So now I’m 33. Lots has happened this year. I’ve got married, left my job and happy home and I find myself here on the road. Today it is cold, wet and windy – it is the North Island, New Zealand and we have just had the shortest day of the year. My last birthday seems so long ago – the prospect that we will still be cycling somewhere in the world on my next birthday boggles the mind – who knows it may even be somewhere warm! While it has its challenges, a life on the tandem with Kat, with the world beneath our pedals, is a privilege indeed.
Wellington was certainly a good city to celebrate a birthday and it was super to spend a day with Kat, not on the bike and not thinking too much about how much money we were spending – and of course eating lots!
Thanks for all the birthday messages of support and good will – made us both feel motivated to push on.
Hooch had a few problems with a faulty rim when we arrived in Wellington. This ended up being a bit of a bigger problem than I first
expected hoped. We ended up staying 2 nights with an old South Park colleague of mine, Steph, while we got the bike sorted out. She kindly picked us up by the roadside to drive us the last 2 kms to her house after our 6th puncture of the day – Thanks!
I wouldn’t dream of boring any readers of this blog with the detail of the rim issue and subsequent re-building of the wheel and other logistics and headaches. However, we have become acutely aware that the bike is essential to our round the world tour. This seems obvious, but psychologically a broken wheel on the bike can feel like having a broken leg. It is quicker to fix of course, but on parts of our trip this could put us in some real trouble. It is a bit weird putting so much faith in a thing and the way you develop a human like relationship with it. Kat calls me the bike whisperer – on account of the fact that I can feel or hear the slightest change in the bike. Unfortunately, while I can detect a problem, I am still lacking all the skills I need to fix all of them… but I guess that is part of the challenge. When I get frustrated with the bike I am really just frustrated at my inability to fix it or perhaps my unrealistic expections of what it can cope with. We do put Hooch through a lot with a fair amount of luggage heaped on him.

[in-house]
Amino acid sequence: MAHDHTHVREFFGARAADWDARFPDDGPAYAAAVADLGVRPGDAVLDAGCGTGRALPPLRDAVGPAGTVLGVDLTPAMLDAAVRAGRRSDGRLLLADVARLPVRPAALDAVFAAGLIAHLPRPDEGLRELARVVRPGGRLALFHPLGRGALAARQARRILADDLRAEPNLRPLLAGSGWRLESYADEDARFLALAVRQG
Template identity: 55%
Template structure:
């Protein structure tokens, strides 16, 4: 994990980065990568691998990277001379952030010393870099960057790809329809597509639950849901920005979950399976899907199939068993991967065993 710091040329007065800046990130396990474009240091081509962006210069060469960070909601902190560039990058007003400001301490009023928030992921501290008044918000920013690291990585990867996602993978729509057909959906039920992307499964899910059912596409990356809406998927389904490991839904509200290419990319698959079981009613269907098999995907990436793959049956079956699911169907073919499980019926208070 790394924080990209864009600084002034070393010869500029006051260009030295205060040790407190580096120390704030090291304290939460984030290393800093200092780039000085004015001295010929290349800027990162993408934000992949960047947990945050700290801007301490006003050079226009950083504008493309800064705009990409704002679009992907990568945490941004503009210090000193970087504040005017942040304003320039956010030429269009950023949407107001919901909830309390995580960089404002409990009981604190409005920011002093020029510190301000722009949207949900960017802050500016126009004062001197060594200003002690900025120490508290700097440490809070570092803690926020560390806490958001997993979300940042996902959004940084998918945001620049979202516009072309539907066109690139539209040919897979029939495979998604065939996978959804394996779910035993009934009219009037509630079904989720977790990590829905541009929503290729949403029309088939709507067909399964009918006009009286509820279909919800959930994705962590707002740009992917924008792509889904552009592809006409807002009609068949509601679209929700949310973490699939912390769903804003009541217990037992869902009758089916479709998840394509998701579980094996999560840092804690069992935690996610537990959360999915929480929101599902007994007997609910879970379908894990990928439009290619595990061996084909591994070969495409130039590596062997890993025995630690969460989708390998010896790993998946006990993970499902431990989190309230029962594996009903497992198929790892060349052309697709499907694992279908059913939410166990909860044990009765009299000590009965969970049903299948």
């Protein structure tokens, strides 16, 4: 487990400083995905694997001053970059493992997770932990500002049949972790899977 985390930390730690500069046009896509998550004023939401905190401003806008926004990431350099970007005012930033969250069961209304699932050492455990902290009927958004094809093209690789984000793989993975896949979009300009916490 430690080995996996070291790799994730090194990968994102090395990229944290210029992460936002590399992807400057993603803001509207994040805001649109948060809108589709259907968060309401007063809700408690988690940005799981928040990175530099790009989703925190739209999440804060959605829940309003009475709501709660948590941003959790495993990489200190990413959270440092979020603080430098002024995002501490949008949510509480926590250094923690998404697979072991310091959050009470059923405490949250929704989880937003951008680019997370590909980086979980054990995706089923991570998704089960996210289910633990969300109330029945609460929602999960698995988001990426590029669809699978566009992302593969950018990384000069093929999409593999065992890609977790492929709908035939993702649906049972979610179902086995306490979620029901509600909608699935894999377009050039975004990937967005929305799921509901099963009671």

Once up and running and away from the busy roads around Wellington, we were eager to get back into it. Following an old rail trail to avoid the main road through the Rimutaka mountains seemed like a great plan. It didn’t disappoint. While we made slow progress – we had to fully unload and reload the bike 4 times for gates, rivers and a broken tyre – it was a great day out on a track without another soul in sight, with a sprinkling of tunnels and waterfalls too.
When we finally arrived at Featherston on day 53, and we were greeted by Colin who let us stay in his cosy backpackers for a cheap, homely stay, we were over the moon – back in the adventure.
Day 54 took us on a detour as we had an invitation to stay in close-by Greytown with a couple who had found out about us through a newpaper article. As luck would have it the wine-making region of Martinborough was only an hour or two away. I would say an afternoon spent wine tasting is an afternoon well spent. We visited the Alana Estate and met Sue who we spent a good hour chatting to and sipping wine – some which gets sent to Fortnum & Mason. We didn’t drink that much but we had a very giggly ride to John and Ann’s house with a lovely sunset as we rode the hills looking out over the vineyards carpeted in a peachy low-lying cloud.
Greytown was a sweet little place and John and Ann great hosts, cooking roast lamb from their smallholding on their woodfired range cooker. We shared our experiences of tandeming around New Zealand and they showed us a slideshow from their latest tour in America – did we mention they ride the same tandem as us? I hope we are still riding together when we are their age.
High winds made progress a little hard to our next stop – Eketahuna. Apparently the little town is a running joke in New Zealand as it is famous for having nothing worth visiting there. Well, it was one of the best places we have stayed so far.
Reasons to visit Eketahuna
1st – the campsite is surrounded by a river and the cabin we stayed in was the cheapest and biggest we have had plus it had a warm carpet.
2nd – there is giant Kiwi in town – Kat wouldn’t take a picture of me being pecked to death by it (but there is a great photo opportunity here if you have the time.)
3rd – The lady at the local supermarket sold me 2 boxes of out-of-date cheap wine for $15 (That’s about £7.50 for 6L of wine!)
Sue from the Alana Estate would have been proud of our careful tasting as we discussed the subtleties of the wine against our newly developed palate. We even considered spitting the wine into a bucket like professionals do but this urge was a response to our gag reflex more than anything. John’s advice from the night before on travelling light was obviously now straight out the window as we cycled off the next morning with 5 litres of wine sloshing around in our trailer.
Despite dragging a paddling pool of white wine, the unusually nice weather allowed us to make quick work of the Pahiatua Track, the road that climbs over the end of the Tararua mountain range to the city of Palmerston North. Here we stayed with Phil and Linda and had a super relaxed Sunday afternoon and dinner. We had a great time – like hanging out with old friends.